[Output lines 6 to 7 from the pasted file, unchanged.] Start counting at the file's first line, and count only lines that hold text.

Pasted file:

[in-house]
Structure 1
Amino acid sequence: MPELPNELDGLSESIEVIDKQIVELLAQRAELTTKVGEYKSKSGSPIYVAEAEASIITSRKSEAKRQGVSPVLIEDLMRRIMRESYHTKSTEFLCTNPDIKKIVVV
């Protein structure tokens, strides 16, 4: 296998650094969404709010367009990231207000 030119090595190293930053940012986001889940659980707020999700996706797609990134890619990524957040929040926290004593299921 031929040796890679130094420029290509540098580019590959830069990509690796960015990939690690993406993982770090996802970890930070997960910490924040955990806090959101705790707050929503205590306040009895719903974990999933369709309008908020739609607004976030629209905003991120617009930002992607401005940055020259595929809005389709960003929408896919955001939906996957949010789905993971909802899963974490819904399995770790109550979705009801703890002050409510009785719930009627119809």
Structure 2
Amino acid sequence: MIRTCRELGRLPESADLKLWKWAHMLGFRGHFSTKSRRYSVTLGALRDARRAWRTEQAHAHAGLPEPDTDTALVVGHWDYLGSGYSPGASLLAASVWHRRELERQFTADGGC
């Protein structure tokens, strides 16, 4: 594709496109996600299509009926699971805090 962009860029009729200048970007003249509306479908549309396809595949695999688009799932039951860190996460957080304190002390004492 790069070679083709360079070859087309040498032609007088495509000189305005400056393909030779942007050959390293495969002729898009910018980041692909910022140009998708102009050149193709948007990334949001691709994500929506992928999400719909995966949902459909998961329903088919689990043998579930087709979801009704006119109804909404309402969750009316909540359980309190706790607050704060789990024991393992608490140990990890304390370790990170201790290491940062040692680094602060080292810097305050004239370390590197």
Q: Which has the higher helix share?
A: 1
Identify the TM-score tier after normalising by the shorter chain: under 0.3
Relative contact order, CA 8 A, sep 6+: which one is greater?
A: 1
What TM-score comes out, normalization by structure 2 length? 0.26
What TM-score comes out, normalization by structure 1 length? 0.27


Amino acid sequence: MIRTCRELGRLPESADLKLWKWAHMLGFRGHFSTKSRRYSVTLGALRDARRAWRTEQAHAHAGLPEPDTDTALVVGHWDYLGSGYSPGASLLAASVWHRRELERQFTADGGC
């Protein structure tokens, strides 16, 4: 594709496109996600299509009926699971805090 962009860029009729200048970007003249509306479908549309396809595949695999688009799932039951860190996460957080304190002390004492 790069070679083709360079070859087309040498032609007088495509000189305005400056393909030779942007050959390293495969002729898009910018980041692909910022140009998708102009050149193709948007990334949001691709994500929506992928999400719909995966949902459909998961329903088919689990043998579930087709979801009704006119109804909404309402969750009316909540359980309190706790607050704060789990024991393992608490140990990890304390370790990170201790290491940062040692680094602060080292810097305050004239370390590197």